be said of George McGuire, the owner of one of the best developed groves, for its size
and age, on the County Highway, being about three miles west of Anaheim.

George McGuire was born in Gallatin, Mo., November 23, 1808, the son of Thomas
and Frances (Lutz) McGuire, natives of Ireland and Missouri, respectively. Five
children were born to them, four residing in California, two of them in Orange County.
Thomas McGuire was brought to the United States by his parents when he was a lad
of nine and he grew up in this country and was one of its most loyal citizens while he
lived. He first came to California in the early '60s, via Cape Horn, to join an older
brother who had already located in this state. Like the greater majority of immi-
grants he mined for a time, but did not tind the fortune he expected and later he joined
a train bound for the East, the party consisting of his older brother, a sister and her
husband and his mother. When crossing through Nebraska, they were attacked by
Indians, who ran off all their stock, leaving them but two scrub teams with which they
made their way eastward, the men having to walk the entire distance. Some time
after his marriage, when George was ten years of age, the family moved to Washington
County, Kans., where the father farmed. The wife and mother died in Missouri in
1878, and Mr. McGuire married again, choosing for his wife a sister of his hrst wife,
and by her a daughter was born, who is now living in California. This wife died soon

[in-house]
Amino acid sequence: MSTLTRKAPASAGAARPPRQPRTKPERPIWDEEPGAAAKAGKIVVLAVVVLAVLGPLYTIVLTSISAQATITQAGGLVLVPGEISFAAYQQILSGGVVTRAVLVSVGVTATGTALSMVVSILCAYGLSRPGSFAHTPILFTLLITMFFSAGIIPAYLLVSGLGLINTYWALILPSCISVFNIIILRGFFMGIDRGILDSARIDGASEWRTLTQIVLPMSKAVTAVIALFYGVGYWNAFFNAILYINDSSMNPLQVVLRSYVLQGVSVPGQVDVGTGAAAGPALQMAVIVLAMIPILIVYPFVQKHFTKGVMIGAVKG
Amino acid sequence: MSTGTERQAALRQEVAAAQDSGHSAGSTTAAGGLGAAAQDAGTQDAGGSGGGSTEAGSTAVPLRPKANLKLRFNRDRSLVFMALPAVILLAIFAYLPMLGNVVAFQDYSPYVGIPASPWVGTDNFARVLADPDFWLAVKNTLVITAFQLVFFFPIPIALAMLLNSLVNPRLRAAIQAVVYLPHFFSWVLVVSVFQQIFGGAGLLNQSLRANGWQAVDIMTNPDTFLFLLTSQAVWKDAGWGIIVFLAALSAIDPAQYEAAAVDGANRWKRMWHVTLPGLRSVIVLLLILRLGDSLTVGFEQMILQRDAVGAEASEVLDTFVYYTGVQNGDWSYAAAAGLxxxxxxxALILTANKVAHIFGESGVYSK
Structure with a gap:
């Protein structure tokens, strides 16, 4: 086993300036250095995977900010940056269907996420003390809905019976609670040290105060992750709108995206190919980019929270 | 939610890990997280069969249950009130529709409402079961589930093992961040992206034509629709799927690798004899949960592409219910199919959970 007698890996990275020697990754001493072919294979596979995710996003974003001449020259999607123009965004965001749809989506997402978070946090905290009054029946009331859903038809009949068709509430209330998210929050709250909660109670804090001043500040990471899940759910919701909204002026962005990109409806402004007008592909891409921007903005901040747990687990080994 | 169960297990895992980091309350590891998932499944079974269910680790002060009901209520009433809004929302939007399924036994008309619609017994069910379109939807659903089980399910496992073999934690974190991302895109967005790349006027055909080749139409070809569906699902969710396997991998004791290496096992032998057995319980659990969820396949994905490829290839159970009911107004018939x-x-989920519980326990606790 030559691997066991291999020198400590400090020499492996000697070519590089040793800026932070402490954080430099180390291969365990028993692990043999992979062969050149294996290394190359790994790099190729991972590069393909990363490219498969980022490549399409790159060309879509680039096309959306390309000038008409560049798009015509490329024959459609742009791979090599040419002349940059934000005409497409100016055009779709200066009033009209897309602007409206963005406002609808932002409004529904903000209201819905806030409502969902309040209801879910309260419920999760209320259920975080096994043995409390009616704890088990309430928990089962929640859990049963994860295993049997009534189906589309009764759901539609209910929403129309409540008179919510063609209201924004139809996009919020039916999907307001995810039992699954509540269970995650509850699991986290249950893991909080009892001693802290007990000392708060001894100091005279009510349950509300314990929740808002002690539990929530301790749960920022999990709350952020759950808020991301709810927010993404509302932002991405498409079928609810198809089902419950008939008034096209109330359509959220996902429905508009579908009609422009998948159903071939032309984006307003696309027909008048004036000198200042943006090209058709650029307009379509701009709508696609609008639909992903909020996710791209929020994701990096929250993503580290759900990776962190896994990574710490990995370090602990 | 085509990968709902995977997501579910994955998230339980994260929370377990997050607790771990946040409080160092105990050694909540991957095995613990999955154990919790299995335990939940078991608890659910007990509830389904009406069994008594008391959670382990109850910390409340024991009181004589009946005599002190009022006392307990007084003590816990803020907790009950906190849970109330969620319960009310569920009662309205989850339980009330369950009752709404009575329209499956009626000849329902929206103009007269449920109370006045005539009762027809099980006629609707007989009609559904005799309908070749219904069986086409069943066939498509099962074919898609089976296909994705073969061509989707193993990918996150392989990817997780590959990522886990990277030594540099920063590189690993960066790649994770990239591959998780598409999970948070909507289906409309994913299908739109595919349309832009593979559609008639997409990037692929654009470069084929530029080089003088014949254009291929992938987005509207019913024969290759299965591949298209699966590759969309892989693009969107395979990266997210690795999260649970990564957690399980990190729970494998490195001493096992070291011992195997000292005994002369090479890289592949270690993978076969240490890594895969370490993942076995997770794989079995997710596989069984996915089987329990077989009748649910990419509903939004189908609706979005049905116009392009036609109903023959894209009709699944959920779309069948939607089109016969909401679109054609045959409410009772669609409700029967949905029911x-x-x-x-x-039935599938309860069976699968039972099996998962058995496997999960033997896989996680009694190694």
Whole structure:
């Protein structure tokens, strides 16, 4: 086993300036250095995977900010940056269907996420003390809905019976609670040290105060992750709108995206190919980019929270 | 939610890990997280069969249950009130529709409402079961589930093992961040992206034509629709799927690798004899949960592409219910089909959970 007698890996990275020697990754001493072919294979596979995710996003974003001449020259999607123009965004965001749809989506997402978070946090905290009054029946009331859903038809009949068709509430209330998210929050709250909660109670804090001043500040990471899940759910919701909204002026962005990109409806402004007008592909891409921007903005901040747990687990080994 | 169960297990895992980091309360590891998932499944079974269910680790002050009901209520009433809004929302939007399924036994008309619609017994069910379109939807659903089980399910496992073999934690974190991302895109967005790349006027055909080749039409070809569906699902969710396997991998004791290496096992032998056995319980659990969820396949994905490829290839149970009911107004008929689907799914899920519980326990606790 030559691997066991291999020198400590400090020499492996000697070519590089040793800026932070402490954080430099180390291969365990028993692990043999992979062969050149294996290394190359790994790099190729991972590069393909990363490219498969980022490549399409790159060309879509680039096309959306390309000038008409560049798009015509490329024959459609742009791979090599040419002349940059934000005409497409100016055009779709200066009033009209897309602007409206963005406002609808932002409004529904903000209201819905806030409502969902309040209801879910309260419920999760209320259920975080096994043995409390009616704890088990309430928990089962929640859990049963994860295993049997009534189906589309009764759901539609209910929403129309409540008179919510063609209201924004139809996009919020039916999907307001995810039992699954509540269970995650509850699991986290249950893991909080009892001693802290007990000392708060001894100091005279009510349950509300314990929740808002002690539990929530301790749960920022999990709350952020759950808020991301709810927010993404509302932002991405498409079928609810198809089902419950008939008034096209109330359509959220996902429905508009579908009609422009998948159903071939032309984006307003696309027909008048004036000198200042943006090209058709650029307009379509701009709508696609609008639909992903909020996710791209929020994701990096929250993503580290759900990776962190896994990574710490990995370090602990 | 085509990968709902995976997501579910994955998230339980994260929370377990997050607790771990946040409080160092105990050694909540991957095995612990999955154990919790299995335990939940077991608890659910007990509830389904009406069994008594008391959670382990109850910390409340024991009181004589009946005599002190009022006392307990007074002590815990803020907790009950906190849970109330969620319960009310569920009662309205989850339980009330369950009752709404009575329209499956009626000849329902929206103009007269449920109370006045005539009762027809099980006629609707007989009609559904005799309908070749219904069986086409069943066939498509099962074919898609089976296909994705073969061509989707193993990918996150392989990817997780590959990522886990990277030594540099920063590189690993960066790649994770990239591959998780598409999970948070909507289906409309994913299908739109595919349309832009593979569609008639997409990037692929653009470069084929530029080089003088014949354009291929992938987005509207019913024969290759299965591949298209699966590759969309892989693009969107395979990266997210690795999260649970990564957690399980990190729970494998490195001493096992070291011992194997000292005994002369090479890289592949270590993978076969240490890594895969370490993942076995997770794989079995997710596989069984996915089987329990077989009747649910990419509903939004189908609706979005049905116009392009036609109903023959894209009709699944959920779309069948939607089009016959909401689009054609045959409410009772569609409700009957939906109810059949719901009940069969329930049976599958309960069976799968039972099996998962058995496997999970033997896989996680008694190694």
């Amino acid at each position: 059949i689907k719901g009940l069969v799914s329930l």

after and he was married a third time.

The McGuire family subsequently moved to Western Texas and here the father
and his four sons engaged in stock raising and farming in a partnership arrangement.
The father came to California in 1895, leaving his sons to carry on the ranching opera-
tions in Texas, but he made a trip back there and soon sold out to them and. returning
to California, made his permanent home in Orange County, where he owned twenty
acres of land three miles west of Anaheim. He died in Los .Angeles in 1912, mourned
by a wide circle of devoted friends.

George McGuire made a visit to see his father in Orange County in 1905, and so
well impressed was he with the country that he decided to locate here and he returned
to Texas and by 1909. after having lived twenty years in Texas, disposed of his interests
there and located in Orange County on the twenty-acre ranch he now owns and which
he developed from a barley field into one of the finest orange groves in this section of
the county. He grew the nursery stock and set out the trees, leveled the land and made
it possible to irrigate the entire tract. While his orchard was developing he raised
beans and other products between the rows until now he can depend upon a steady
income from his fine trees. What he now owns has been the result of hard work, in-
dustrious efforts and good management. In all his operations he has had the coopera-
tion of his devoted wife, who shares with him the esteem of a wide circle of friends.

In 1896 Mr. McGuire was married to Miss Chassie Bowser, a native of Brown
County. Texas, the daughter of Abraham and Mary (Kemp) Bowser, the ceremony
occurring in Brownwood, Te.xas. Five children have been born to them: George D..
deceased: Mary Frances, Mabel, Thomas and James A. Mr. McGuire has shown his
interest in educational matters by serving as a school trustee in his district, and has
given much satisfaction in the discharge of his duties. He and his wife are members
of the Christian Church of Anaheim. Mr. McGuire being a deacon of the church and
prominent in its activities.